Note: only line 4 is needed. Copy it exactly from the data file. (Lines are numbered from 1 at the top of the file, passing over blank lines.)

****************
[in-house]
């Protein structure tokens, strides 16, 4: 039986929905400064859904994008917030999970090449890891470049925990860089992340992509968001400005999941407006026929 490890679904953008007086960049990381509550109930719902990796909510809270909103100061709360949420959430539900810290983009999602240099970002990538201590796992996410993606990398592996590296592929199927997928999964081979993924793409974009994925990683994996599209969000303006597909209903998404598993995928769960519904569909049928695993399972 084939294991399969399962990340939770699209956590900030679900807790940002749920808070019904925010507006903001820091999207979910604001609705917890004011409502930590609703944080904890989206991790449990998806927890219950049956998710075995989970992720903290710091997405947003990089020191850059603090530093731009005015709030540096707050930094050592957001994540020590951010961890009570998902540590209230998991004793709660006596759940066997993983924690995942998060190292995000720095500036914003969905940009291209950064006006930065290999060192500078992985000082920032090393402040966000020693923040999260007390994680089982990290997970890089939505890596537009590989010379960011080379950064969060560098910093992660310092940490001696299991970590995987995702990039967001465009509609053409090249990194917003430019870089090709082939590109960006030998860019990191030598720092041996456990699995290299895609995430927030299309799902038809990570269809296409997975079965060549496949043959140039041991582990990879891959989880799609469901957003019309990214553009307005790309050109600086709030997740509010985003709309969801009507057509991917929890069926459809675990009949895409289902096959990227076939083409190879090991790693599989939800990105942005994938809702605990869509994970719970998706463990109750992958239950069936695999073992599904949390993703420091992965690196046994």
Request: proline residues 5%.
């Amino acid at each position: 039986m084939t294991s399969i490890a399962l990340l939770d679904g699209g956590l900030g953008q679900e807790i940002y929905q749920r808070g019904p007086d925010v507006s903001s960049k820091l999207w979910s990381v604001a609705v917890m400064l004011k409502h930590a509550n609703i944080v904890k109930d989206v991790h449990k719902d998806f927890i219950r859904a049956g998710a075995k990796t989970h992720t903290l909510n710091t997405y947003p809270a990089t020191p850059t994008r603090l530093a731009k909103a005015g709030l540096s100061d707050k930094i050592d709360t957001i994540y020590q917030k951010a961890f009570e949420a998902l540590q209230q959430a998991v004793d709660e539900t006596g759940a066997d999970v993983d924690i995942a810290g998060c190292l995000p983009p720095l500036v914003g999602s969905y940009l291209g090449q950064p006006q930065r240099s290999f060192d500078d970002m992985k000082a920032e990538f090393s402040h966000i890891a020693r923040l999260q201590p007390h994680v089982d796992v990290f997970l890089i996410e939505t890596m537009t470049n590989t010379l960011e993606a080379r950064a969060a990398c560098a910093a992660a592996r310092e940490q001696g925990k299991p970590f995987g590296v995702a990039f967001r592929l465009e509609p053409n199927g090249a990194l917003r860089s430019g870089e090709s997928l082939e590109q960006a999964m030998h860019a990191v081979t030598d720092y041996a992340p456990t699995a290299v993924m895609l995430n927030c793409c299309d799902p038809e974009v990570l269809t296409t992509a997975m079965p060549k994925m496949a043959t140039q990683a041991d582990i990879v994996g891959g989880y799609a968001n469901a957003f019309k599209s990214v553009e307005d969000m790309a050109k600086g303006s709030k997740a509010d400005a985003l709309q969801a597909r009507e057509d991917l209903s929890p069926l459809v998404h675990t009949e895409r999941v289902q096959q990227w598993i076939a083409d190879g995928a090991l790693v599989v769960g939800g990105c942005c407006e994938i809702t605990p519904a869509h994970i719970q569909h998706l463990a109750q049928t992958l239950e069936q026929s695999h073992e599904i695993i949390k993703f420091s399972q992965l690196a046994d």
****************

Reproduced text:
């Amino acid at each position: 039986m084939t294991s399969i490890a399962l990340l939770d679904g699209g956590l900030g953008q679900e807790i940002y929905q749920r808070g019904p007086d925010v507006s903001s960049k820091l999207w979910s990381v604001a609705v917890m400064l004011k409502h930590a509550n609703i944080v904890k109930d989206v991790h449990k719902d998806f927890i219950r859904a049956g998710a075995k990796t989970h992720t903290l909510n710091t997405y947003p809270a990089t020191p850059t994008r603090l530093a731009k909103a005015g709030l540096s100061d707050k930094i050592d709360t957001i994540y020590q917030k951010a961890f009570e949420a998902l540590q209230q959430a998991v004793d709660e539900t006596g759940a066997d999970v993983d924690i995942a810290g998060c190292l995000p983009p720095l500036v914003g999602s969905y940009l291209g090449q950064p006006q930065r240099s290999f060192d500078d970002m992985k000082a920032e990538f090393s402040h966000i890891a020693r923040l999260q201590p007390h994680v089982d796992v990290f997970l890089i996410e939505t890596m537009t470049n590989t010379l960011e993606a080379r950064a969060a990398c560098a910093a992660a592996r310092e940490q001696g925990k299991p970590f995987g590296v995702a990039f967001r592929l465009e509609p053409n199927g090249a990194l917003r860089s430019g870089e090709s997928l082939e590109q960006a999964m030998h860019a990191v081979t030598d720092y041996a992340p456990t699995a290299v993924m895609l995430n927030c793409c299309d799902p038809e974009v990570l269809t296409t992509a997975m079965p060549k994925m496949a043959t140039q990683a041991d582990i990879v994996g891959g989880y799609a968001n469901a957003f019309k599209s990214v553009e307005d969000m790309a050109k600086g303006s709030k997740a509010d400005a985003l709309q969801a597909r009507e057509d991917l209903s929890p069926l459809v998404h675990t009949e895409r999941v289902q096959q990227w598993i076939a083409d190879g995928a090991l790693v599989v769960g939800g990105c942005c407006e994938i809702t605990p519904a869509h994970i719970q569909h998706l463990a109750q049928t992958l239950e069936q026929s695999h073992e599904i695993i949390k993703f420091s399972q992965l690196a046994d």